Management practices for control of runoff losses from cotton furrows under storm rainfall. III. Cover and wheel traffic effects on nutrients (N and P) in runoff from a black Vertosol
Transport of nitrogen (N) and phosphorus (P) in runoff was measured using a rainfall simulator on a cotton hill-furrow system with a range of on-ground cover (0-60%), each with and without prior wheel traffic in the furrow. Total N and P losses in runoff (kg/ha) from the bare plots on a whole-field basis (wheel and non-wheel tracks) were equivalent to 1.5% and 1%, respectively, of fertiliser applied that season (218 kg N/ha, 27 kg P/ha). This was for a single runoff event of 17 mm, about 1/10 of the total runoff expected in a season. Retaining surface cover and avoiding wheel traffic were both effective in reducing runoff losses of total N and P, especially when used together. Retaining cover gave considerably lower concentrations of total P, and of N and P associated with sediment, with no significant differences (P > 0.05) between wheel and non-wheel tracks. The majority of nutrients were transported with sediment, for P for all treatments, and for N from low cover plots. Concentrations of dissolved N, dominantly as NO3-N, were unaffected by cover on non-wheel tracks but increased with cover on wheel track plots where runoff occurred as shallow interflow. On a whole-field basis, N was mainly in dissolved form at higher covers, because most runoff came from wheel tracks where interflow occurred. Reducing the ratio of wheel tracks to non-wheel tracks will reduce runoff of N and P. Interflow or exfiltration above an infiltration throttle layer is a worst-case scenario for runoff transport of soluble, poorly sorbed chemicals such as NO3-N, which would otherwise leach and not enter runoff. To improve water quality, for both sorbed and dissolved forms, the combination of retaining cover and avoiding wheel traffic and subsoil compaction is needed. Similarly, land uses involving high nutrient inputs should be avoided on soils with shallow subsurface restrictions to infiltration, which are thus prone to interflow. Primary (dispersed) clay and silt were slightly enriched in sediment in runoff, while primary fine and coarse sand were depleted. However, sediments were not enriched in total N and P compared with the soil surface, and organic carbon was only slightly enriched (enrichment ratio 1.06). This is typical of the behaviour of well-aggregated soils of high clay content.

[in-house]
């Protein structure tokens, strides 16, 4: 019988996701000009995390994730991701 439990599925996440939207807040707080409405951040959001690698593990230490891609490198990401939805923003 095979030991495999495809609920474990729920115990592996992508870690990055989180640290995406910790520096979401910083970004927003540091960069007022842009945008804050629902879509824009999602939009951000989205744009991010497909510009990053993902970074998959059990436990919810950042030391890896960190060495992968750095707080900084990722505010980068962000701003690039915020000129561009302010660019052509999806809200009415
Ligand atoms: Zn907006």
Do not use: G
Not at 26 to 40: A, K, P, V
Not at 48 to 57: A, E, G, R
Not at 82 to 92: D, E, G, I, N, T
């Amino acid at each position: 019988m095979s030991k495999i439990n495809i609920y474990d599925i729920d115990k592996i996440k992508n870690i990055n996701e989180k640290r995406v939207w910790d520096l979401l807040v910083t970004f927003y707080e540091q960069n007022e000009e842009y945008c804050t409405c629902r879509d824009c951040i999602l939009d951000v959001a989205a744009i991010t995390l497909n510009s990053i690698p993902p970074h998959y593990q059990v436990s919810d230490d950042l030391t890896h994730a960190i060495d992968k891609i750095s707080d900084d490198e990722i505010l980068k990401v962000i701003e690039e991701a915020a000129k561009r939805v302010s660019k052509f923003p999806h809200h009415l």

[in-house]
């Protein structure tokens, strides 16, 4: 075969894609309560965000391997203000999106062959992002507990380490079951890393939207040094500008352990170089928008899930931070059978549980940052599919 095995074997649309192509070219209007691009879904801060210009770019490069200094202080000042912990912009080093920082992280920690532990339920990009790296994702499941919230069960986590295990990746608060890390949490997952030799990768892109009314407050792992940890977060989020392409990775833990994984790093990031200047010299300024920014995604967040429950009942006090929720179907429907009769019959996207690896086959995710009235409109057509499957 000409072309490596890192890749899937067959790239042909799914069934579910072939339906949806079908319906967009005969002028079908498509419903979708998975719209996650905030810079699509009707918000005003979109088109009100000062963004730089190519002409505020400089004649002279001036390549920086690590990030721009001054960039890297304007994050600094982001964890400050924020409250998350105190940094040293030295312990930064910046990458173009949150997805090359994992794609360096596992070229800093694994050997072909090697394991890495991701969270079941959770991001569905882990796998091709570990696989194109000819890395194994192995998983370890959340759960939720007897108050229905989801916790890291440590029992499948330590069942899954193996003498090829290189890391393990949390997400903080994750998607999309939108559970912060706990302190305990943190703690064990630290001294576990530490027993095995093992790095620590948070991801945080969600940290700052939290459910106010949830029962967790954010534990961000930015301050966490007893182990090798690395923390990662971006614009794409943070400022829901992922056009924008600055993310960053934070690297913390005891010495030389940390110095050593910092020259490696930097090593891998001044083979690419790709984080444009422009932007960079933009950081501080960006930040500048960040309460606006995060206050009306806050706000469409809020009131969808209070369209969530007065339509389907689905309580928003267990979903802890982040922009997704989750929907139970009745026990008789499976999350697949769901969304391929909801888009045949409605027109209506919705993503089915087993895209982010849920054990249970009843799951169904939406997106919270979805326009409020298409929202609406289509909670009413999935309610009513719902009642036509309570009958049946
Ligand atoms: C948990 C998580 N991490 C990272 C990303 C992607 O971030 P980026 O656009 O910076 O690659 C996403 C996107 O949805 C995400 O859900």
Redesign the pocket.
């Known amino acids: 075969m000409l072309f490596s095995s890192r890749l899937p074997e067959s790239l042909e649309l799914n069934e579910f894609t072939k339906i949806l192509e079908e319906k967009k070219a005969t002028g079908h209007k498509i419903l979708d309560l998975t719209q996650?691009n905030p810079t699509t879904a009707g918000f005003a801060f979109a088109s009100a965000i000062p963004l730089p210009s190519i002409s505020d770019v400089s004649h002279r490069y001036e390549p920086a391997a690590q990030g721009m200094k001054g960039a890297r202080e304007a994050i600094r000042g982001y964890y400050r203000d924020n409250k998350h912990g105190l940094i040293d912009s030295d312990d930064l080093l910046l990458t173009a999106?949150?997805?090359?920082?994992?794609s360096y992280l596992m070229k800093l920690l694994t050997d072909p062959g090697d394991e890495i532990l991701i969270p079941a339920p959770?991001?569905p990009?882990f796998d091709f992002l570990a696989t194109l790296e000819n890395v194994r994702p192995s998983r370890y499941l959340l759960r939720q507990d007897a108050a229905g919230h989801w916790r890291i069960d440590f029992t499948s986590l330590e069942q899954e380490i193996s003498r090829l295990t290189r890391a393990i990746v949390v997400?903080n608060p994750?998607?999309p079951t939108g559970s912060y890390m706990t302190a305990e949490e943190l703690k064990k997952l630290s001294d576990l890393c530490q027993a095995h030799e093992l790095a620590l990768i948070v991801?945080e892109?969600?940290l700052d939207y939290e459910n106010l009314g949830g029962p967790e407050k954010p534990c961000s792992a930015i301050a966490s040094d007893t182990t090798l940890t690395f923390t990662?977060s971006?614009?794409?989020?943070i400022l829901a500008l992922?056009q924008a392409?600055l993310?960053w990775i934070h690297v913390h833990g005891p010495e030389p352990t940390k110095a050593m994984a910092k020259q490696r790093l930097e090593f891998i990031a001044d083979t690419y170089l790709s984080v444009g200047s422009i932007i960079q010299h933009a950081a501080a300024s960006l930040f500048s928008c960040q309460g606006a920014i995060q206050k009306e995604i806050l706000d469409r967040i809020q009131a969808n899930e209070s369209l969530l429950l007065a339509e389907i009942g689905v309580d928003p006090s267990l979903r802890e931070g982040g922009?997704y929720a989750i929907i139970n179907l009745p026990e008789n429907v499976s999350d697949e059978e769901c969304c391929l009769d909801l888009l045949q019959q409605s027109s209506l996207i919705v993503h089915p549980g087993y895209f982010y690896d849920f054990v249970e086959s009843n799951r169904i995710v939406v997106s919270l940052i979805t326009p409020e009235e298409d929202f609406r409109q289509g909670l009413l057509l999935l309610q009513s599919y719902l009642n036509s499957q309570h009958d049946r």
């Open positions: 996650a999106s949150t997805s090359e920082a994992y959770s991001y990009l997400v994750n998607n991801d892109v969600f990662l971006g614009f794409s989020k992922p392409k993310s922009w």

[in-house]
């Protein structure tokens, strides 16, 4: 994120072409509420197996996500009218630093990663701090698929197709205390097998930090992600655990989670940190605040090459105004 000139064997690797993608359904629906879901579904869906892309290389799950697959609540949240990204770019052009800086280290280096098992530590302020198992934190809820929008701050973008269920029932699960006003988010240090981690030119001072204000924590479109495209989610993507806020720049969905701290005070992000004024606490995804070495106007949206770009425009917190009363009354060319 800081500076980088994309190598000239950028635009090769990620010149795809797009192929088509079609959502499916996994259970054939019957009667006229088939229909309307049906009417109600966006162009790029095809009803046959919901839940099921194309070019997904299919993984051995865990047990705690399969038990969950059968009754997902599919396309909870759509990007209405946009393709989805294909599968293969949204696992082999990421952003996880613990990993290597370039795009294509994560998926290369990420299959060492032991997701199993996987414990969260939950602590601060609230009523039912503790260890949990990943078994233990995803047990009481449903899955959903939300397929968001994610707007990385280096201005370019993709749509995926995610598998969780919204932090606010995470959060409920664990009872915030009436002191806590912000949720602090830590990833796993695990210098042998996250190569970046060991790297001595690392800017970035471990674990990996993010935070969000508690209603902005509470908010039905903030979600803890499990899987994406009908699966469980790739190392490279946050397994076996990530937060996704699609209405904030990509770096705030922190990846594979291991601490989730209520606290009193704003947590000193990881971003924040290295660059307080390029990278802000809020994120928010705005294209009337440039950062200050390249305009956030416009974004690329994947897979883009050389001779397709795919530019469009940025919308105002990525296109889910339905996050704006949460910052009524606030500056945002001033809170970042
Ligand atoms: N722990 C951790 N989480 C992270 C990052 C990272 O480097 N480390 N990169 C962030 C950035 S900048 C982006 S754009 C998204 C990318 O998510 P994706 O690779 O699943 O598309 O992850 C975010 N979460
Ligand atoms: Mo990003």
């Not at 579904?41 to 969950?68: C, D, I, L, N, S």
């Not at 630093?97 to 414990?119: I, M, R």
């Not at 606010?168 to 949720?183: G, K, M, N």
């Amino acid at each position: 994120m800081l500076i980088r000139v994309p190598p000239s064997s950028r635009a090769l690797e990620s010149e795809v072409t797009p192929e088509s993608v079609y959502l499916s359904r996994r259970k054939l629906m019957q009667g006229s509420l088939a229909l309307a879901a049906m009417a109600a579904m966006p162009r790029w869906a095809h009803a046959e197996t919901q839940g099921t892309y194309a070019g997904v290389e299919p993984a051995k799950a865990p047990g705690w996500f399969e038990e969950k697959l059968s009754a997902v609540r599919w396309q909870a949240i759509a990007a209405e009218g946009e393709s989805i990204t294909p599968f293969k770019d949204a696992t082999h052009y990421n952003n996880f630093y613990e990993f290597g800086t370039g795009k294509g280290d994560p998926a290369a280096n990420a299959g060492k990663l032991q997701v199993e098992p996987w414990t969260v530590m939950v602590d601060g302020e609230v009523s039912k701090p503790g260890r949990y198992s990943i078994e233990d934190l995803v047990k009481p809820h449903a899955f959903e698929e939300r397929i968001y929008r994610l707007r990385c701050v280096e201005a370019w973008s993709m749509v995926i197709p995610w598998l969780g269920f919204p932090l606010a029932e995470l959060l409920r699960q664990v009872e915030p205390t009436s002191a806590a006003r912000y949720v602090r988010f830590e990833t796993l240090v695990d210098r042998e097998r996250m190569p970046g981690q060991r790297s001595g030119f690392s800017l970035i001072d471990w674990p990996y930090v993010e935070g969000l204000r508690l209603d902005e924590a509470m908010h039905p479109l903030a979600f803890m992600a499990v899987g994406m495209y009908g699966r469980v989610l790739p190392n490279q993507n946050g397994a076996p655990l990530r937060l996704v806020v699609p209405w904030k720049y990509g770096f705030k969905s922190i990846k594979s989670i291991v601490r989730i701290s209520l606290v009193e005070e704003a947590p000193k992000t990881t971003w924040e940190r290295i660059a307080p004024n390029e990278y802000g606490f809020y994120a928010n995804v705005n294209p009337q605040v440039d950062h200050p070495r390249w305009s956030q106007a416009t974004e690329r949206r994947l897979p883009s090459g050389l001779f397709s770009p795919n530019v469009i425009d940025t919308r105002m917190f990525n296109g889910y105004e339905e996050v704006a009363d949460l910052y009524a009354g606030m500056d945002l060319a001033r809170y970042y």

Australian Journal of Soil Research
Environmental Sciences not elsewhere classified